A Grammar of the English Language: in a series of letters; intended for the use of schools and of young persons in general, but more especially for the use of soldiers, sailors, apprentices and plough-boys: to which are added six lessons, intended to prevent statesmen from using false grammar, and from writing in an awkward manner, with notes by Robert Waters Open Access Deposited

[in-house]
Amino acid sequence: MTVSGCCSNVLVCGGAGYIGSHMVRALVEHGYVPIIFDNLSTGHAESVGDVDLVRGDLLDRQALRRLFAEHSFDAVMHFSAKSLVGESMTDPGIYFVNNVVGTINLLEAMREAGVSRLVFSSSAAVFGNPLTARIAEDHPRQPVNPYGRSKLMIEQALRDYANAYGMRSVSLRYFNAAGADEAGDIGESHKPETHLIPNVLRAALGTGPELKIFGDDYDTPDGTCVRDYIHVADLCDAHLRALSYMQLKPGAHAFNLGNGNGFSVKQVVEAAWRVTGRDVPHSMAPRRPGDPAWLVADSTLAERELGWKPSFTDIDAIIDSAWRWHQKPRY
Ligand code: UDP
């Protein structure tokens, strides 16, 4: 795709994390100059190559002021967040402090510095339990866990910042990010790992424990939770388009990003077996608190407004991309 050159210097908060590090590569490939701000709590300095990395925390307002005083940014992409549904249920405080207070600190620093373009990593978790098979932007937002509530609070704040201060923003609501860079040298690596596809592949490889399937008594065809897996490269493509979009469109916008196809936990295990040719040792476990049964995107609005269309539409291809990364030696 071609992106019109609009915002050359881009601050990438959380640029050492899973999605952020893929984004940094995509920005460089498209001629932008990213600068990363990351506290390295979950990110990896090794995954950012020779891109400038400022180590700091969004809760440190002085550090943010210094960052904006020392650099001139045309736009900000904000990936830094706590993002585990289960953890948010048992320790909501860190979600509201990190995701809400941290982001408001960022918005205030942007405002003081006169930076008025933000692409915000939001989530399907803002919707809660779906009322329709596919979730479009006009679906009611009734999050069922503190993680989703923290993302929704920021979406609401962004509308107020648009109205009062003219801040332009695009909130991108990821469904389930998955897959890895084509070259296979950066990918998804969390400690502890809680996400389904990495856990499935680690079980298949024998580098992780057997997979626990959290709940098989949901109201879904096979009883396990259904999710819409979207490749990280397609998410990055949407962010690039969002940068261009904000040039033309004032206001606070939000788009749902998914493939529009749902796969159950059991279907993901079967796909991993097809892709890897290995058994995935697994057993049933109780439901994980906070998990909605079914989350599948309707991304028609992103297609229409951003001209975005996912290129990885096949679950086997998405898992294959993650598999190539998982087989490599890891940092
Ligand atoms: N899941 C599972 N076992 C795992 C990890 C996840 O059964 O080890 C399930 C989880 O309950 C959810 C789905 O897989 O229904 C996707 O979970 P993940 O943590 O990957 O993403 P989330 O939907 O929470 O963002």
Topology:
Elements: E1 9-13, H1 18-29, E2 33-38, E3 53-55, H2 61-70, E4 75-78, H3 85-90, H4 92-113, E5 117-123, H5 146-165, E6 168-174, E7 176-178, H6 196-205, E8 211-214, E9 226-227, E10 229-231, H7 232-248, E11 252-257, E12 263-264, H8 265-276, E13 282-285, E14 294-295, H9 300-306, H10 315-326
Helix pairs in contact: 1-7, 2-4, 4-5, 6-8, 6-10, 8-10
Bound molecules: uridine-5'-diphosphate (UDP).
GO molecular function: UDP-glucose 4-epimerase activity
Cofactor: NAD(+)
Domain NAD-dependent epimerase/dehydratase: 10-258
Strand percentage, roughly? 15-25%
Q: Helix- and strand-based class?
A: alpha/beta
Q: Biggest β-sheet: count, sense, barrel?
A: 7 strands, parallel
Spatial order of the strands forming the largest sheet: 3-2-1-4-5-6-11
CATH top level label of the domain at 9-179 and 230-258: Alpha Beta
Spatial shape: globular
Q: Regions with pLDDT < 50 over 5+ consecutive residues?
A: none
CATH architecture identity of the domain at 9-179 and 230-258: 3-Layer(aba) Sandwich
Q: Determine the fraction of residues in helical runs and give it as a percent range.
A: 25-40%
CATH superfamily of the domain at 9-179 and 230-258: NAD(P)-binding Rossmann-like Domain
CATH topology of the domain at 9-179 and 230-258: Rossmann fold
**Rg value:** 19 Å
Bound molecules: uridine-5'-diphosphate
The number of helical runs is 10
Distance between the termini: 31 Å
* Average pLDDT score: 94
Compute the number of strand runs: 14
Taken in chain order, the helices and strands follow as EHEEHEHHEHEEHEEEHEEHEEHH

No printing or copyright year are on this copy (the dedication is dated 1820), but a handwritten note dates it to 1901 (it was long out of print, according to the preface). No information on Cobbett is given, but in the incomplete editor's preface states that Cobbett was the first to demonstrate how to write for young people and in a manner that plain people can understand (in a conversational style). The editor goes on to say that grammar should not be taught out of books, but rather by the teacher himself. This book is meant for those who are learning without a teacher, or it is for children of at least twelve. The editor says Cobbett is addressing boys fourteen and fifteen years old. The text is a written as a series of letters (epistles) and covers orthography, etymology, syntax, and prosody. Including are examples of false grammar, errors, and nonsense. The six additional lessons for statesmen are dated 1822. The Schultz Archive copy is missing some pages at the beginning which cut into the preface, but otherwise the entire text is complete.
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